Edward Lear’s Letters in Italian 1: 18 December 1844 to A.M. Ricci

Edward Lear wrote at least two letters to Angelo Maria Ricci, discussing a project of his I had never read about. They are both at Biblioteca comunale di Rieti, Fondo Ricci, F=1=16/212 (many thanks to Ms Carla Moroni for supplying scans of the originals and granting permission to post them here).

ricci_a

Angelo Maria Ricci (Mopolino di Capitignano, L’Aquila 1776 ― Rieti 1850) studied in Rome and became a member of the Accademia dell’Arcadia. He then moved to Naples, where he was given the chair of Rhetorics at the local university. In 1818, his health failing, he retired to Rieti, where he died in 1850. He wrote two epic poems, Italiade (1819) and San Benedetto (1824), and a treatise Della vulgare eloquenza (1819), as well as a Manzoni-inspired novel, Gli sposi fedeli (1837). He also produced six volumes of Poesie varie (1828-1830) and one of Poesie sacre (1849). [Also see a short Italian Wikipedia entry. A full biography is available via Google Books, where you can also read several of his books.]

In 1844-45, Edward Lear was evidently planning to illustrate the seventh book of Virgil’s Aeneid, and had asked Ricci, a Virgil expert, to help him select places worth drawing and to provide letters of introduction. Lear never realized the illustrations and probably abandoned the plan in the early stages owing to an eye infection, as he explains in the letter:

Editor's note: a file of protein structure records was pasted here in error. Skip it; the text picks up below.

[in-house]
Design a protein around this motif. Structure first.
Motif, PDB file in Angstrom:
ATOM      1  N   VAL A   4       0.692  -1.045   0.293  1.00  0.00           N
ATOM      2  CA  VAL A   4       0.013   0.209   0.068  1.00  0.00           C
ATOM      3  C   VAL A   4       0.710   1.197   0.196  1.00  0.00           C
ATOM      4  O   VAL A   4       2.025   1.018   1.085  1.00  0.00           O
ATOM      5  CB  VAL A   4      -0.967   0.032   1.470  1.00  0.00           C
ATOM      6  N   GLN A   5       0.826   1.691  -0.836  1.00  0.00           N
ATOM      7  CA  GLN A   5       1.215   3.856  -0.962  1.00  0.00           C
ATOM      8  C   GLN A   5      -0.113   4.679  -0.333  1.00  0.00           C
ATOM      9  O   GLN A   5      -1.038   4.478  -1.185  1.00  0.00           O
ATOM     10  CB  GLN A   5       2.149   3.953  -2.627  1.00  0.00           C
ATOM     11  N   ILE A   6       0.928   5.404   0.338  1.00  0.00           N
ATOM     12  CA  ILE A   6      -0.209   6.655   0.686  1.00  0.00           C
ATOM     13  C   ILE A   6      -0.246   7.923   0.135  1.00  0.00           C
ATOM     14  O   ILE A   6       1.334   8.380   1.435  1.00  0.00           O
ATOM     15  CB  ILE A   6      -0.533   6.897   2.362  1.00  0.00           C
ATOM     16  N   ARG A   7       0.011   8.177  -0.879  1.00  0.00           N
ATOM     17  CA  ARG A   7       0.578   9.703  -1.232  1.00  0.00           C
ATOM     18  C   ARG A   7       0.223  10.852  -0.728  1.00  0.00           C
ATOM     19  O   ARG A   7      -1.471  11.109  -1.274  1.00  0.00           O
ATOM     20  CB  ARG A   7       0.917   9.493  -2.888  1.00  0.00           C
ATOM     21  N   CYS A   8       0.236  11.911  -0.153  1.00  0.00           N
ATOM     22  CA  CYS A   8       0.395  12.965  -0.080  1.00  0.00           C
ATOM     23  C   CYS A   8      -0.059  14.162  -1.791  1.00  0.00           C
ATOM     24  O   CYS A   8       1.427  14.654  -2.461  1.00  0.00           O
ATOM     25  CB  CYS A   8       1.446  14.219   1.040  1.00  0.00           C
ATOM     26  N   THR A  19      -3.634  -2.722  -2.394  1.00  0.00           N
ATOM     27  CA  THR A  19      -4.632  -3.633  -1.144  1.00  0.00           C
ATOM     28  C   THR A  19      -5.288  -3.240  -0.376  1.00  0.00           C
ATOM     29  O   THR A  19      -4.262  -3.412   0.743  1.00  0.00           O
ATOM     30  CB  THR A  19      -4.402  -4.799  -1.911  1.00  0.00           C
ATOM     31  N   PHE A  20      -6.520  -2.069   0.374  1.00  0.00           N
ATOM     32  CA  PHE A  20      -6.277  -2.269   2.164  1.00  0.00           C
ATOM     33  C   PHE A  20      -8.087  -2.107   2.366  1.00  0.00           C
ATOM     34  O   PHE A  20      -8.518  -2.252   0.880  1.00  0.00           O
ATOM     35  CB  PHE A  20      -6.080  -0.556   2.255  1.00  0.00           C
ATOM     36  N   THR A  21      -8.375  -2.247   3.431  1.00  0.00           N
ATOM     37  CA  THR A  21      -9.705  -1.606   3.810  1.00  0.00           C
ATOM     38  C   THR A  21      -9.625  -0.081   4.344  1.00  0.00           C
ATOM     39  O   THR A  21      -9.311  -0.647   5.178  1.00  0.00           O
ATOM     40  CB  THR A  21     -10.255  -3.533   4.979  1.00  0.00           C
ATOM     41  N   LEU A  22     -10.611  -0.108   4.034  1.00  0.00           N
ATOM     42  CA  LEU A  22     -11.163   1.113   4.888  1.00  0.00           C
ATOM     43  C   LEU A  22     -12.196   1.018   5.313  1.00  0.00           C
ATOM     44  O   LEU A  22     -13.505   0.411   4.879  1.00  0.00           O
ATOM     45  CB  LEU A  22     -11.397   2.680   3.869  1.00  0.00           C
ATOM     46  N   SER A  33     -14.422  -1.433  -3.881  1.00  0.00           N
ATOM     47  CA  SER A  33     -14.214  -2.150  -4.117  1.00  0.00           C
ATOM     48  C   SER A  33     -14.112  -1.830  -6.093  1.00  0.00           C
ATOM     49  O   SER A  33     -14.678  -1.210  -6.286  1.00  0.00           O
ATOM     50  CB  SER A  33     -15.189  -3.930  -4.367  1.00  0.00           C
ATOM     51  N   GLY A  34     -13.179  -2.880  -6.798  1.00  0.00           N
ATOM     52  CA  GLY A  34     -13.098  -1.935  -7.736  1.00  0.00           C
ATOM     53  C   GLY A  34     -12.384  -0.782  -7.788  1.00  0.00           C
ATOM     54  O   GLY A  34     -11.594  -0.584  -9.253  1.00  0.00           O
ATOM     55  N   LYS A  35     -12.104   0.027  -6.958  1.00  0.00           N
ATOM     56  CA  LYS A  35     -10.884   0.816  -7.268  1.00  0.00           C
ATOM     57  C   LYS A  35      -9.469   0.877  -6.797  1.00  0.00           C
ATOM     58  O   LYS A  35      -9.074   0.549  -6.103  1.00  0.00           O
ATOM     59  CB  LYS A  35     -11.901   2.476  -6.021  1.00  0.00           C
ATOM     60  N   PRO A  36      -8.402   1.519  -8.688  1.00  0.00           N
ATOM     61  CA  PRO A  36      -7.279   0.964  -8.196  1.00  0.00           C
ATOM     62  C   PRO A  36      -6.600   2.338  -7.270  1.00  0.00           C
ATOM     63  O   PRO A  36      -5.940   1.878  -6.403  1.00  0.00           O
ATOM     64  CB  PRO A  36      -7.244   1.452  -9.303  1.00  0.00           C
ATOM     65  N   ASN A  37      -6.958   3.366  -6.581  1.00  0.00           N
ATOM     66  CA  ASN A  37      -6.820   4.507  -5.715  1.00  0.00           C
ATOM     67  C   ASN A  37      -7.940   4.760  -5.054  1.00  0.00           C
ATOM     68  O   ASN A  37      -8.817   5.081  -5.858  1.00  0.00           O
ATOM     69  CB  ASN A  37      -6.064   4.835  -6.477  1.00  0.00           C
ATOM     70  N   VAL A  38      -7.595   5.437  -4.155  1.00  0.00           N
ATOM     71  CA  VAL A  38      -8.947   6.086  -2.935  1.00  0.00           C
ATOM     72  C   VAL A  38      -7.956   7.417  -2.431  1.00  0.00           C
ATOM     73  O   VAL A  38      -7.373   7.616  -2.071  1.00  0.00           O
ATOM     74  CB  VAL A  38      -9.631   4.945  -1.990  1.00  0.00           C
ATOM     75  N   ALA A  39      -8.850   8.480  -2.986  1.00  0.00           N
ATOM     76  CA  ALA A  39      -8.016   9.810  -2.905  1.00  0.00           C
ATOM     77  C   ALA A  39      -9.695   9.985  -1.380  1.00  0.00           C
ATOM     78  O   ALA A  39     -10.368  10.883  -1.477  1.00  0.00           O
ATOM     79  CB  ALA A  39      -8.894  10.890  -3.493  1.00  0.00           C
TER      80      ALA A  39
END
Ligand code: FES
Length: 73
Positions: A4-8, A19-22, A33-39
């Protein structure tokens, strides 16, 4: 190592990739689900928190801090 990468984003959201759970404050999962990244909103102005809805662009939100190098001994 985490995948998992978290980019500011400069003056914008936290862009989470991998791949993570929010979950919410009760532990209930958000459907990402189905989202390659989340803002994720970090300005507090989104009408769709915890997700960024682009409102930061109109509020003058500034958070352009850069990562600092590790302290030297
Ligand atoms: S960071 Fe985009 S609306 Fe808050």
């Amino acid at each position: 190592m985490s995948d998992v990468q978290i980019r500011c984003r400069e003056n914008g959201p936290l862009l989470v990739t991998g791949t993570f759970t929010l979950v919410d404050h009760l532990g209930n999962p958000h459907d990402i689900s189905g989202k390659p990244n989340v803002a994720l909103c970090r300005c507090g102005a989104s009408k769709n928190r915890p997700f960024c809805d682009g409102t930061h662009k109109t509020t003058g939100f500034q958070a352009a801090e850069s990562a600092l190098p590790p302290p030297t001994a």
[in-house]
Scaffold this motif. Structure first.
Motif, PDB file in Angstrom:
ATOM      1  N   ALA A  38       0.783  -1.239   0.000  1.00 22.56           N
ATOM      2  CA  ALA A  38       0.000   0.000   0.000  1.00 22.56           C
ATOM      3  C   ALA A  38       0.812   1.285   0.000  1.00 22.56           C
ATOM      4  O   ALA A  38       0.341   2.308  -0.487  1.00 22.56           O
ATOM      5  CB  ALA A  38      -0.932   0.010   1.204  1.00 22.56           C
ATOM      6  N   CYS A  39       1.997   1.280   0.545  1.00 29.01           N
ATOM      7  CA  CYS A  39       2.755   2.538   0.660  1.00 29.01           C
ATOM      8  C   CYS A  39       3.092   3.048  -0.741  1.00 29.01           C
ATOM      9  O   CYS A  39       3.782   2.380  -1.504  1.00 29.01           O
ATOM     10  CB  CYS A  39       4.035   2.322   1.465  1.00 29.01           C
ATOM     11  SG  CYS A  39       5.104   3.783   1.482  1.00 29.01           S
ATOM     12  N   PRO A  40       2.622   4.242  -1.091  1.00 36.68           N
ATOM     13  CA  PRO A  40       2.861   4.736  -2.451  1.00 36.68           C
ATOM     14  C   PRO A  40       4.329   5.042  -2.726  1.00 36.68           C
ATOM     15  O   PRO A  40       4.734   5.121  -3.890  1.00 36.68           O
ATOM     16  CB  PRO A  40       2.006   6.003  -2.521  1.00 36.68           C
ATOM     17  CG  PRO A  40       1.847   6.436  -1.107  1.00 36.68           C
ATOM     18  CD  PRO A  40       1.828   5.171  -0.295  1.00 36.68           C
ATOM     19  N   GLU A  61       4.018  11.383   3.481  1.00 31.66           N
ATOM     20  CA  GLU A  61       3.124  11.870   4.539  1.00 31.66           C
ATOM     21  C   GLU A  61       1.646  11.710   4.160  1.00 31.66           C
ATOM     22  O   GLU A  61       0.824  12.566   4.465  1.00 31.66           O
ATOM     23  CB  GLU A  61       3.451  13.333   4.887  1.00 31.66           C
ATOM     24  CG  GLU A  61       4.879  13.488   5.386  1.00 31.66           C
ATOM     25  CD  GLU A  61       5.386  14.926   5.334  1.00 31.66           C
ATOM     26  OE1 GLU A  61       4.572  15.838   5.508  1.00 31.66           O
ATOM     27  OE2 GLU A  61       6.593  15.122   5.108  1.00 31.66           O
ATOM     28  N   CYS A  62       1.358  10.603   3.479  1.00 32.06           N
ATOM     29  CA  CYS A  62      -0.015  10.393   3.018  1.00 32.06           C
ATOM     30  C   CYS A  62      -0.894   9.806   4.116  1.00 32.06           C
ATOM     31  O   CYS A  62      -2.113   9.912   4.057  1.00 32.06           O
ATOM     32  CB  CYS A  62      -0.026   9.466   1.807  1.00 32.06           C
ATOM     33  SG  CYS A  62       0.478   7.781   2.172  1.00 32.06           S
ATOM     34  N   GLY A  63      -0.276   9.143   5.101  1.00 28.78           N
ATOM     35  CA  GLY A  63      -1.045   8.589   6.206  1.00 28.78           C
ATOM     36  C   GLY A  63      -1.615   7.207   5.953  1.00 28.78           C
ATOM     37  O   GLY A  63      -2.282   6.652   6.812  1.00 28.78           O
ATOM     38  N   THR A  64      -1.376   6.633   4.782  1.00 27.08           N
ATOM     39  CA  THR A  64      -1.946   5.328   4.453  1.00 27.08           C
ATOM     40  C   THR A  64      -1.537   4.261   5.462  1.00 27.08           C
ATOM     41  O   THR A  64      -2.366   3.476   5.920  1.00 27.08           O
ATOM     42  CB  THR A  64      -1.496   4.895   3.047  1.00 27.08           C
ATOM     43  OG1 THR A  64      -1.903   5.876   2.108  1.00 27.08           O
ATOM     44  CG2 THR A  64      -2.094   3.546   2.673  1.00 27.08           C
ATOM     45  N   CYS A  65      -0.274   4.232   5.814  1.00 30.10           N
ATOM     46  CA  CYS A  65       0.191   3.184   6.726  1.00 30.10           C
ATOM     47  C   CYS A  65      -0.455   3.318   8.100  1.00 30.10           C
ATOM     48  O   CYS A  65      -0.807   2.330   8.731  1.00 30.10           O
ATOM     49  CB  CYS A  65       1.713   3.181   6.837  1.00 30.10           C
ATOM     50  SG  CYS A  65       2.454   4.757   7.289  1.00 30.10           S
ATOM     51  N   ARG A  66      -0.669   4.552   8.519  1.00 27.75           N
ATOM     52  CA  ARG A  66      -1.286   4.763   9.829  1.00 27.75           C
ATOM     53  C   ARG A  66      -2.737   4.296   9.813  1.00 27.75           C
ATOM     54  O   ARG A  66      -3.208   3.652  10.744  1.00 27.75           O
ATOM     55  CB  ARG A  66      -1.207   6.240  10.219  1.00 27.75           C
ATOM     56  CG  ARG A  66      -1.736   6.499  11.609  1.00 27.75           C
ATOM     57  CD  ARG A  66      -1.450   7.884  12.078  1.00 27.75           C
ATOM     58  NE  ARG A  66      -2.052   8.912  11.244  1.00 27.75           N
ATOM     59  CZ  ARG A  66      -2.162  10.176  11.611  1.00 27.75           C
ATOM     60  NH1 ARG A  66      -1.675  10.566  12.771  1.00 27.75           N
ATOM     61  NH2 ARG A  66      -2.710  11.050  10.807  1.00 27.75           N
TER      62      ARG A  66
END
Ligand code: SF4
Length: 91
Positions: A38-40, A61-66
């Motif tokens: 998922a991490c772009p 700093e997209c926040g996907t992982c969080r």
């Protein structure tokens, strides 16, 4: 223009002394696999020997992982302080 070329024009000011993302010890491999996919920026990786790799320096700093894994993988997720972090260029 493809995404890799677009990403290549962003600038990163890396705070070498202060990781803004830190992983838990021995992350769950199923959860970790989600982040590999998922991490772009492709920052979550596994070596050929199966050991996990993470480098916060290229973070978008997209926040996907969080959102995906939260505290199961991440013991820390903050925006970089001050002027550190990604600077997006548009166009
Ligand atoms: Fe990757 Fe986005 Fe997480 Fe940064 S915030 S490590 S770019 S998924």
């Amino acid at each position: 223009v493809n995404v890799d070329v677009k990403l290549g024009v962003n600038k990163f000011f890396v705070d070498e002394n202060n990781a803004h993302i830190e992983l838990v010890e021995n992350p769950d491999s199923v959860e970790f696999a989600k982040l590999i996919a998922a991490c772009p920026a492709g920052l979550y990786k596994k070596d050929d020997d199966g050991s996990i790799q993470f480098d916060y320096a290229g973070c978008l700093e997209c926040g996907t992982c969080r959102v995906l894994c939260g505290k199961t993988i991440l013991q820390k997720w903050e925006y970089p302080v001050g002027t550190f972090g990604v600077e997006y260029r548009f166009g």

Al Illustriss.mo e Dottiss.mo Signore
il Sig.re Cavaliere A.M. Ricci.
in Rieti

1072d. Via Felice

Roma ― Dec.bre 18. 1844.

Sig.re Cavaliere illustrissimo ed amabilissimo,

Già avra pensato che il mio non rispondere alla sua pregiata lettera del 15 Nov.bre ˇ[non] sarà stato senza qualche cagione di premura: ― essendosi ella cosi amichevolmente ricordata del mio pensiero (da illustrare il 7mo libro di Virgilio,) mi sarebbe stato anche un piacere che un dovere ˇ[di] mandarle subito i miei ringraziamenti per tanta bontâ!

Ma ― tutto ciò che si vuole in questo mondo non si può fare: e mi rincresce, che, avendo per piû di 6 settimane sofferto moltissimo di una debolezza di vista, ― o piuttosto di quasi=infiammazione degl’occhi ― mi e stato assolutamente vietato il scrivere ― il leg[g]ere, ed il disegno. Bella vita! ―

Meno male che mi restava la musica! ― e poi ― se fosse ciò tolta ― vi è sempre il pensare. ――

Ora ― mi trovo a poco a poco amegliorandosi gli occhi, ― ma non posso molto travagliare: ― prendo, intanto, quest’occasione di ringraziare tanto e tanto la sua amabilità, preso che abbia tante pene per la parte mia.

Sono disgustato che non posso scrivere quel che la sua lettera domanda: si sa che sempre mi mancavano le parole ― maggiormente senza gli occhi come si può far altra che spedirle una propria bestialità?

Così sarà veramente questa lettera ― ma ella avrà la compiacenza di perdonarmi fin che mi ritorna il potere di più rispondere. Anche temo che il carattere sarà troppo cattivo per l’indovinare suo.

Fra tutti gli siti numerati in sua epistola ― certi sarebbero difficili ad ottenere. Monte Circeo ― Albunea ― Laurentum, Ardea, Nemi, etc. ― sono tutti poco lontano ― ma, cosa diremo di Atina, Mutasca ― e Norcia?

Per ora perdo la speranza di visitare quei luoghi: ― ma credo che abbia già disegnato tutti gli altri. intanto ripeto che la lettera mi sarebbe stato di grandissimo valore ― anche se fosse stato scritto da chichessia: essendo la sua ― si può figurarsi come l’ho pregiato.